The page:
So in our last episode, our heroine had braved the slaking, the gesso mixing, the drafting and the laying of gesso, so far, so good.
Results are...disappointing, to say the least.
I should mention - the first two pieces are using transfer gold (the 'letraset' type, that you rub off a backing paper) rather than loose leaf gold.
I found a consistent problem - the gold stuck around the edges of the letter, or the beads, but would not stick to the 'highest' points, where the gesso was thickest. Repeated applications worked the gold up towards the highest point, but sometimes the very centre of a bead remained bare.
After the first couple of tries, I tried adding a coat of gum ammoniac, which you usually only use for flat gilding - I was thinking maybe the gesso could provide some shape, and the gum the stickiness. No real improvement.
You can see that in a second or third application, the gesso actually lifted off, and stuck to the gold transfer paper, rather than the page.
I'm at a loss here - any one had a similar problem?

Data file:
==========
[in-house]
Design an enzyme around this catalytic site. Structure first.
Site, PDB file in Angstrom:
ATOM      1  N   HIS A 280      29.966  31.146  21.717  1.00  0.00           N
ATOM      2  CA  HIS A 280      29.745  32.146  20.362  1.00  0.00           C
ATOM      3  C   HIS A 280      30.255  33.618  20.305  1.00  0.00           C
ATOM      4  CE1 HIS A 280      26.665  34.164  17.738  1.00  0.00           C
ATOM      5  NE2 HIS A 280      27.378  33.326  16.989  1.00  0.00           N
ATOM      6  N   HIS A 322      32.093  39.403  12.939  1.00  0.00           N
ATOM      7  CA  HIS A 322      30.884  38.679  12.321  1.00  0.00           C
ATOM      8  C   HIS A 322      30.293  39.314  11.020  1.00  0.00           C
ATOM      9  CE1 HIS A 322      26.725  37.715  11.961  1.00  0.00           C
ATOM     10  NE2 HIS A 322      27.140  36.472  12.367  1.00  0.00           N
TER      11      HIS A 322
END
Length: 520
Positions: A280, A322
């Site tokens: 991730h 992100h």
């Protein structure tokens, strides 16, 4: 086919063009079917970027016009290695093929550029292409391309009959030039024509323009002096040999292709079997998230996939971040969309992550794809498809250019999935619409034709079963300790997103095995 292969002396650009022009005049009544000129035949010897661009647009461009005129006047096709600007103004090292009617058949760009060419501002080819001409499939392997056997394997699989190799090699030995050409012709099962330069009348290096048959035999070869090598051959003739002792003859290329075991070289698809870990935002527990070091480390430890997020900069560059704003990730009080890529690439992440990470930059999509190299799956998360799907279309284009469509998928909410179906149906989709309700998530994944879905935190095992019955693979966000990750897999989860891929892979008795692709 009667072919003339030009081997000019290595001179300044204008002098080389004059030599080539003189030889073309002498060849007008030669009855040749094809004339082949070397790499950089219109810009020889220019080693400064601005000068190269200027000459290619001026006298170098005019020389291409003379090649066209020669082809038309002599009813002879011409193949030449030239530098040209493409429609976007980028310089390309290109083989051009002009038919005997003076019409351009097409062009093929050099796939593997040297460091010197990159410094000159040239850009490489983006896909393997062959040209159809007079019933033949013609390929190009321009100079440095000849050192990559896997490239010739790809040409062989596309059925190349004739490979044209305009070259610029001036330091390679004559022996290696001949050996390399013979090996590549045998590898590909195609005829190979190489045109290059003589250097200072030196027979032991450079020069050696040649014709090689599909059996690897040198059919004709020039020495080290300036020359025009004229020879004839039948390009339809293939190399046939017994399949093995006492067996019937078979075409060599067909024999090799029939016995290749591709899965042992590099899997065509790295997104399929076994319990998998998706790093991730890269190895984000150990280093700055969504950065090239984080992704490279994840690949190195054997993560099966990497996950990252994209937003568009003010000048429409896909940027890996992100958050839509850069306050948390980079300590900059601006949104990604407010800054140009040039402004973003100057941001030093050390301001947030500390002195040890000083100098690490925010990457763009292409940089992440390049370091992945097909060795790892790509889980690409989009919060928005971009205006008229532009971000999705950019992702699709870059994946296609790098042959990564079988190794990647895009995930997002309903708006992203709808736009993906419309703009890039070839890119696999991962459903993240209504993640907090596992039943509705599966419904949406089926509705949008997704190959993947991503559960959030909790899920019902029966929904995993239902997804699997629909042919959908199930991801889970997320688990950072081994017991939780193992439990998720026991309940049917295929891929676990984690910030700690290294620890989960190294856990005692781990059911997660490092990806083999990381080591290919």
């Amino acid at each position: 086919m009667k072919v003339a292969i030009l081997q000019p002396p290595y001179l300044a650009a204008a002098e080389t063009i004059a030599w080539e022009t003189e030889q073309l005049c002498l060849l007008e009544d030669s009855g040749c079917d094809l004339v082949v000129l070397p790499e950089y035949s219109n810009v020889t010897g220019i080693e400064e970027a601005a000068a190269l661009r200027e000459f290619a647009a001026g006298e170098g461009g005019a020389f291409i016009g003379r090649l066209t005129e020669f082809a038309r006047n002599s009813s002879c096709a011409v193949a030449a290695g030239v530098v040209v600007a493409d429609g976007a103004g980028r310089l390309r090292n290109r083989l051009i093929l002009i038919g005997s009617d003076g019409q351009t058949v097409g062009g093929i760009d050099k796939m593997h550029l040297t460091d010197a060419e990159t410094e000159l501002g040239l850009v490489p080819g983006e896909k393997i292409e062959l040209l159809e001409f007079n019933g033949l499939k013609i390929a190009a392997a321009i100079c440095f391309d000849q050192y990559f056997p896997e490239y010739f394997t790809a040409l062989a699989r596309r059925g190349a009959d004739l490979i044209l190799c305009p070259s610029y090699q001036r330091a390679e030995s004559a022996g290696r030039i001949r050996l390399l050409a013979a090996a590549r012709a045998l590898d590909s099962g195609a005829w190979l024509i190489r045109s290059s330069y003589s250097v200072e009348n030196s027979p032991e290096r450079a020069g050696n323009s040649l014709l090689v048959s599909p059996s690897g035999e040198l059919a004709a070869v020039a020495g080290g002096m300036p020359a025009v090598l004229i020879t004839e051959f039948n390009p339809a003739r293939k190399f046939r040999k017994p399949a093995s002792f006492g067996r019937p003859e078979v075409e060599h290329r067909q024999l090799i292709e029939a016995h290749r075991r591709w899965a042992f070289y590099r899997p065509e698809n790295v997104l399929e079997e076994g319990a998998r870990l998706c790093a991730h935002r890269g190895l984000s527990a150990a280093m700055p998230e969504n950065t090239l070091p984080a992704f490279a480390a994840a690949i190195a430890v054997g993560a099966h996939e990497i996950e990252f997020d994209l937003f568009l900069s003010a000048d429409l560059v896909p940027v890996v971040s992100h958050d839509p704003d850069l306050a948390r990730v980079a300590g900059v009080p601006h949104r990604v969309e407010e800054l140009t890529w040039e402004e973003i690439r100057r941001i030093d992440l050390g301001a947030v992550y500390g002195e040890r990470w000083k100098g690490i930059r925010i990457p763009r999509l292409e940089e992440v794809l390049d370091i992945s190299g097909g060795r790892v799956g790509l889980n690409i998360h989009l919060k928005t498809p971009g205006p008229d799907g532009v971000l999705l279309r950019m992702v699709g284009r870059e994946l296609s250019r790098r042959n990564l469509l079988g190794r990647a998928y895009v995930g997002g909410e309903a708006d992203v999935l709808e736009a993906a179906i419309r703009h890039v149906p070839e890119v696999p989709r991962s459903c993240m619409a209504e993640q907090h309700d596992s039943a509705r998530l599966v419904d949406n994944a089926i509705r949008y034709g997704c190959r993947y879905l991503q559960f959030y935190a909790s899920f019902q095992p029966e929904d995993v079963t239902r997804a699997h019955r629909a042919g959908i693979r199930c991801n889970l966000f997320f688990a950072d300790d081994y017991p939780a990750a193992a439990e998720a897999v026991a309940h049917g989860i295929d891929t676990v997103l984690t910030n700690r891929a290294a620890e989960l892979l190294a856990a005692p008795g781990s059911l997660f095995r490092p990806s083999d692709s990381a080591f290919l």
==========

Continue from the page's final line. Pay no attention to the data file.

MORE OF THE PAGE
I'm aware that gilding is very sensitive to atmospheric conditions. Extremes of heat, cold and humidity can help or hinder.
Since I'm in SE England, my conditions are almost continually 'damp', or at least humid. Today humidity ranges from 77-85%
, and today is bright and sunny, as it was yesterday (rained overnight).
humid, even when it doesn't feel especially wet. And since most English home heating systems are crap, what you get outside will dictate what you get inside.
The bottom example is leaf gold - I had a similar problem, though not exactly the same, and because this is my second try at leaf gold, I don't know how much is gesso problem, and how much is me and my lack of handling experience.
I'm still debating, but life may be too short for leaf gold - the single test piece took me over an hour, and I wasn't happy with it. I did, in the end, get better coverage, but it was painfully slow and clumsy.